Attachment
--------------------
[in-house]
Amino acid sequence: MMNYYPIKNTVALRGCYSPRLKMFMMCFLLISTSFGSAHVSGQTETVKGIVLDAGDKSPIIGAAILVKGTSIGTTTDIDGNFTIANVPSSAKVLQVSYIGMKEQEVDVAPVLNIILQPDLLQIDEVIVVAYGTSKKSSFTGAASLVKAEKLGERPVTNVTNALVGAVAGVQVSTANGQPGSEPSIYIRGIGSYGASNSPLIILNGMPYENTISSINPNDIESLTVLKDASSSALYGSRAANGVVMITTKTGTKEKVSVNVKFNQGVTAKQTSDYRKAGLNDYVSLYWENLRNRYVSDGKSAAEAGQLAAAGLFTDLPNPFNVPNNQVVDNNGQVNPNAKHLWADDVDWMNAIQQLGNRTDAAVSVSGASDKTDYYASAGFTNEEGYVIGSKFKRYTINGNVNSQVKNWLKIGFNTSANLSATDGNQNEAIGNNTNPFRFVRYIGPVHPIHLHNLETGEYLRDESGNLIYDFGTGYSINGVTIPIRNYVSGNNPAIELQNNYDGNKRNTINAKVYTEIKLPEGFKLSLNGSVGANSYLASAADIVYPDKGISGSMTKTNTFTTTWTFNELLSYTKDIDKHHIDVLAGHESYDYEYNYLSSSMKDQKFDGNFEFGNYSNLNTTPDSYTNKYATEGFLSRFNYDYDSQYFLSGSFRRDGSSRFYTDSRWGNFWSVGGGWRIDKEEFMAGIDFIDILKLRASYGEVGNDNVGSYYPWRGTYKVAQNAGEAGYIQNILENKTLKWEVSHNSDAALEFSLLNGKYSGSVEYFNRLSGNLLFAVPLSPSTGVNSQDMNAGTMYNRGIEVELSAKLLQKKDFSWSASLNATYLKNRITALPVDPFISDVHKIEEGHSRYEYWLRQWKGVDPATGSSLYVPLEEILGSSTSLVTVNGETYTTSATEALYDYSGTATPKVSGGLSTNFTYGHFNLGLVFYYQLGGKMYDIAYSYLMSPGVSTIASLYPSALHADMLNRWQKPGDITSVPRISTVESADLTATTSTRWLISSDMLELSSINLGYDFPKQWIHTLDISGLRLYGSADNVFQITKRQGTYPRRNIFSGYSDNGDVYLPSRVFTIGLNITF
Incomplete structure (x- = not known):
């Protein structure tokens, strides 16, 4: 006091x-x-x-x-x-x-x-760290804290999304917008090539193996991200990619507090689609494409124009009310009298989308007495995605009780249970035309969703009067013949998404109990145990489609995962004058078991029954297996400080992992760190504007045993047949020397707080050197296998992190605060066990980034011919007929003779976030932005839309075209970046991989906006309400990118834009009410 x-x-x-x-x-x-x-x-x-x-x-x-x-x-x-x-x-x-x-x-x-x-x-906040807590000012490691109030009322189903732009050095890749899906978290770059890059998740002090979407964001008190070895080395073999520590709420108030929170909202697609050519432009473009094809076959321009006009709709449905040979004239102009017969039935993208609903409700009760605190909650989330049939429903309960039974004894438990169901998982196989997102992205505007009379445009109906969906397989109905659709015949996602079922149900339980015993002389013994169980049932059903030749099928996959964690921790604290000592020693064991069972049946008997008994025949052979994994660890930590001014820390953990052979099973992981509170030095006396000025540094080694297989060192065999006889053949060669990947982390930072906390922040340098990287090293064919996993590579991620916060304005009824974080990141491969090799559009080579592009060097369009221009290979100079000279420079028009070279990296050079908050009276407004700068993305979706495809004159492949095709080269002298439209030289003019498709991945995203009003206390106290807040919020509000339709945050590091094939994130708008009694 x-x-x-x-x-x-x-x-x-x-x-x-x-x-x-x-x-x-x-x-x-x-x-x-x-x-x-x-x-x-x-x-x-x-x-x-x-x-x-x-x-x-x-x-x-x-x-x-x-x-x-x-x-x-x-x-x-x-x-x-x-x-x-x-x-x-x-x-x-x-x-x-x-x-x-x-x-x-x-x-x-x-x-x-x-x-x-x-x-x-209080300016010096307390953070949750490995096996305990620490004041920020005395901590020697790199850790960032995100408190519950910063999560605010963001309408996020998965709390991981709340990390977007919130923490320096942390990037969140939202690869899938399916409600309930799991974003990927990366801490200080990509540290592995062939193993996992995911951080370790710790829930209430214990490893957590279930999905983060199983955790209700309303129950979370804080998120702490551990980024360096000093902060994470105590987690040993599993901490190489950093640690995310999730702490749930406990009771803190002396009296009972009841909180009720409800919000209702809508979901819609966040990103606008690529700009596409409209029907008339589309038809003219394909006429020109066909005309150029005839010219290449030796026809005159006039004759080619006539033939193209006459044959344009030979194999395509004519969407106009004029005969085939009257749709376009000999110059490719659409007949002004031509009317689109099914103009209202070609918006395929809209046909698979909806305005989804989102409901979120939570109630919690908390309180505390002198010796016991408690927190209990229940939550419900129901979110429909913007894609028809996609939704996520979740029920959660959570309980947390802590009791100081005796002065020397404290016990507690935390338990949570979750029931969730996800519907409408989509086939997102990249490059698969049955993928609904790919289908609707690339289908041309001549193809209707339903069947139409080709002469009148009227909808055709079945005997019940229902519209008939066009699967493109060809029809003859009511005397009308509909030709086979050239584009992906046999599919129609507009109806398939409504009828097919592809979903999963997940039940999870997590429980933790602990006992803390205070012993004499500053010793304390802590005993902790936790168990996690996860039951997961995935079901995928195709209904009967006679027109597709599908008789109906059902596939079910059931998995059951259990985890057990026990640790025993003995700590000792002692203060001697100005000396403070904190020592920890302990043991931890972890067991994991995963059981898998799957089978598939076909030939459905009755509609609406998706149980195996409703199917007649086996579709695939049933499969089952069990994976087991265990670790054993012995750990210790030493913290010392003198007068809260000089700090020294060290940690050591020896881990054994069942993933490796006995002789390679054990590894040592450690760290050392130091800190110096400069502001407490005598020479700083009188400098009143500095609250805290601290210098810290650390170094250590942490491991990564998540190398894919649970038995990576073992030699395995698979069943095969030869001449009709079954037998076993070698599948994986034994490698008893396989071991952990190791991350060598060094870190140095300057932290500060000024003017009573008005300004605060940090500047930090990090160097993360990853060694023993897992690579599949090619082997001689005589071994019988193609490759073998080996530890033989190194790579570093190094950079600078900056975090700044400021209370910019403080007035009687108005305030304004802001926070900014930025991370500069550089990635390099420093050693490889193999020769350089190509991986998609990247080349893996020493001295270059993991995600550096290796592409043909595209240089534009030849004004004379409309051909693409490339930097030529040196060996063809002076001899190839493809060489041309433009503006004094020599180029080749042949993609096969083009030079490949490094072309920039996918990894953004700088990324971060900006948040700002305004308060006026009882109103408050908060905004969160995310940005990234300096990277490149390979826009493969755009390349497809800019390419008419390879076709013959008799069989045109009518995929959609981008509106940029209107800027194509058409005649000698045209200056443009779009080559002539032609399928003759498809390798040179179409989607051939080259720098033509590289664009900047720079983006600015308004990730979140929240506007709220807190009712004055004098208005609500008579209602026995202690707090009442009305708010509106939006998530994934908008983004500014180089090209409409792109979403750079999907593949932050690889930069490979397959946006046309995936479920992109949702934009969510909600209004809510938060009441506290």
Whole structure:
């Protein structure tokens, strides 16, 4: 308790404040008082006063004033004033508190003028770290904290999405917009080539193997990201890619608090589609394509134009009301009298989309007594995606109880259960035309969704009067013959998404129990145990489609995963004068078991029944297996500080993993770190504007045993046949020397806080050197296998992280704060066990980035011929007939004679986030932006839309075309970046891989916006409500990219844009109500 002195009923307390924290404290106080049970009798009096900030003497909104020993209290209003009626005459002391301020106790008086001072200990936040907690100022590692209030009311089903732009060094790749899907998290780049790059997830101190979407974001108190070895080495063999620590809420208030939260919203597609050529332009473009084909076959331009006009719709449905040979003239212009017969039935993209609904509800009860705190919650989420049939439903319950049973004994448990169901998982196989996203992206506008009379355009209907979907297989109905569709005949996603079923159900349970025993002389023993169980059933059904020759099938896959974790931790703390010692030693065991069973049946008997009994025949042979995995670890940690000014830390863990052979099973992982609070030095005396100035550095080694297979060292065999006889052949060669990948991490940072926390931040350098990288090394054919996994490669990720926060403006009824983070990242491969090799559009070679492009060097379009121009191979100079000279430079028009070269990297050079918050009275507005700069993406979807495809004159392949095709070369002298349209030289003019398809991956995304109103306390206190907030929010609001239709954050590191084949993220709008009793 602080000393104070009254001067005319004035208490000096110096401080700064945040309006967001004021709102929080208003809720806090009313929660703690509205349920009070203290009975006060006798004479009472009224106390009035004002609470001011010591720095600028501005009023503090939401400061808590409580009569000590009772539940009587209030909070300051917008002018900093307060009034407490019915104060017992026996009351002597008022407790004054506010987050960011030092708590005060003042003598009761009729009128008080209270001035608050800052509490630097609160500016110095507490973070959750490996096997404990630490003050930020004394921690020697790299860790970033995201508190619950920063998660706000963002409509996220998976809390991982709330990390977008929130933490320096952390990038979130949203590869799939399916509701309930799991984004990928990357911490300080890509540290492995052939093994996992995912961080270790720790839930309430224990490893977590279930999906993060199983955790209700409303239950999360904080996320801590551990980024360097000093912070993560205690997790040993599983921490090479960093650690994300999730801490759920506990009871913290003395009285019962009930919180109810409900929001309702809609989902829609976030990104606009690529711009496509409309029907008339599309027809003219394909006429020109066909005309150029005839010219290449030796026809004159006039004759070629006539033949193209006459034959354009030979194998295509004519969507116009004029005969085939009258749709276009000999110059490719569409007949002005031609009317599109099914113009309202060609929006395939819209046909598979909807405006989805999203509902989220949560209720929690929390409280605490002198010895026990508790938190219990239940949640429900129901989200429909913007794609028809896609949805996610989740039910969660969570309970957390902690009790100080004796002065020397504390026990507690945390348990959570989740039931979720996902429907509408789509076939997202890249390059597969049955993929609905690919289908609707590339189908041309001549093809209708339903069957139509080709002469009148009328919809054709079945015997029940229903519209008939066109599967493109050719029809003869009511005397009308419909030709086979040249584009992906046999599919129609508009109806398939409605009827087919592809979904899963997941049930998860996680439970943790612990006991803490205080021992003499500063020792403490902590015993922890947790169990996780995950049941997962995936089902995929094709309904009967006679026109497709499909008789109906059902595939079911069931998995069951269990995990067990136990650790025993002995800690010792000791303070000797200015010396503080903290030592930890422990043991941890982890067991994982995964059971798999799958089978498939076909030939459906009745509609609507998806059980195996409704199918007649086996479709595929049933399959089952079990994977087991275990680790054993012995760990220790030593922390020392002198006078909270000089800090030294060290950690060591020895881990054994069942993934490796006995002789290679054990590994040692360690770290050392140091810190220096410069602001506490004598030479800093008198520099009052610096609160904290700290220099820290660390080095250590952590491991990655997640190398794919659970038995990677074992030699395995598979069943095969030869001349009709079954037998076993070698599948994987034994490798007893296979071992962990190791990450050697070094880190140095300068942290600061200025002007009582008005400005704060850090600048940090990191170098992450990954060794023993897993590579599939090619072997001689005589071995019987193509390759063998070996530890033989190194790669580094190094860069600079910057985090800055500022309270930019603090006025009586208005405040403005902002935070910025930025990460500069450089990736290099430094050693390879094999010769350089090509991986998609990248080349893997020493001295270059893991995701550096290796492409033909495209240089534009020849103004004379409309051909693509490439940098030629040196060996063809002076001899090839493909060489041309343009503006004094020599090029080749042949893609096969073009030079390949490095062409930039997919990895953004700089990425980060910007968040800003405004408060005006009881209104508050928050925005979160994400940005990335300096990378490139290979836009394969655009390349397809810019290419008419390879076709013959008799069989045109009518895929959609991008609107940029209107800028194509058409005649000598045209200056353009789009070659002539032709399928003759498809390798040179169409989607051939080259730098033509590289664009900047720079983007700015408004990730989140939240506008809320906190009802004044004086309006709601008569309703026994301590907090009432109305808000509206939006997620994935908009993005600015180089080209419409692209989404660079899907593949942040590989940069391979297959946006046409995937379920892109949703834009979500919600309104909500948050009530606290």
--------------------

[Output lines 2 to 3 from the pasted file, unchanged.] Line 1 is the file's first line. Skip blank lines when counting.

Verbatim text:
Amino acid sequence: MMNYYPIKNTVALRGCYSPRLKMFMMCFLLISTSFGSAHVSGQTETVKGIVLDAGDKSPIIGAAILVKGTSIGTTTDIDGNFTIANVPSSAKVLQVSYIGMKEQEVDVAPVLNIILQPDLLQIDEVIVVAYGTSKKSSFTGAASLVKAEKLGERPVTNVTNALVGAVAGVQVSTANGQPGSEPSIYIRGIGSYGASNSPLIILNGMPYENTISSINPNDIESLTVLKDASSSALYGSRAANGVVMITTKTGTKEKVSVNVKFNQGVTAKQTSDYRKAGLNDYVSLYWENLRNRYVSDGKSAAEAGQLAAAGLFTDLPNPFNVPNNQVVDNNGQVNPNAKHLWADDVDWMNAIQQLGNRTDAAVSVSGASDKTDYYASAGFTNEEGYVIGSKFKRYTINGNVNSQVKNWLKIGFNTSANLSATDGNQNEAIGNNTNPFRFVRYIGPVHPIHLHNLETGEYLRDESGNLIYDFGTGYSINGVTIPIRNYVSGNNPAIELQNNYDGNKRNTINAKVYTEIKLPEGFKLSLNGSVGANSYLASAADIVYPDKGISGSMTKTNTFTTTWTFNELLSYTKDIDKHHIDVLAGHESYDYEYNYLSSSMKDQKFDGNFEFGNYSNLNTTPDSYTNKYATEGFLSRFNYDYDSQYFLSGSFRRDGSSRFYTDSRWGNFWSVGGGWRIDKEEFMAGIDFIDILKLRASYGEVGNDNVGSYYPWRGTYKVAQNAGEAGYIQNILENKTLKWEVSHNSDAALEFSLLNGKYSGSVEYFNRLSGNLLFAVPLSPSTGVNSQDMNAGTMYNRGIEVELSAKLLQKKDFSWSASLNATYLKNRITALPVDPFISDVHKIEEGHSRYEYWLRQWKGVDPATGSSLYVPLEEILGSSTSLVTVNGETYTTSATEALYDYSGTATPKVSGGLSTNFTYGHFNLGLVFYYQLGGKMYDIAYSYLMSPGVSTIASLYPSALHADMLNRWQKPGDITSVPRISTVESADLTATTSTRWLISSDMLELSSINLGYDFPKQWIHTLDISGLRLYGSADNVFQITKRQGTYPRRNIFSGYSDNGDVYLPSRVFTIGLNITF
Incomplete structure (x- = not known):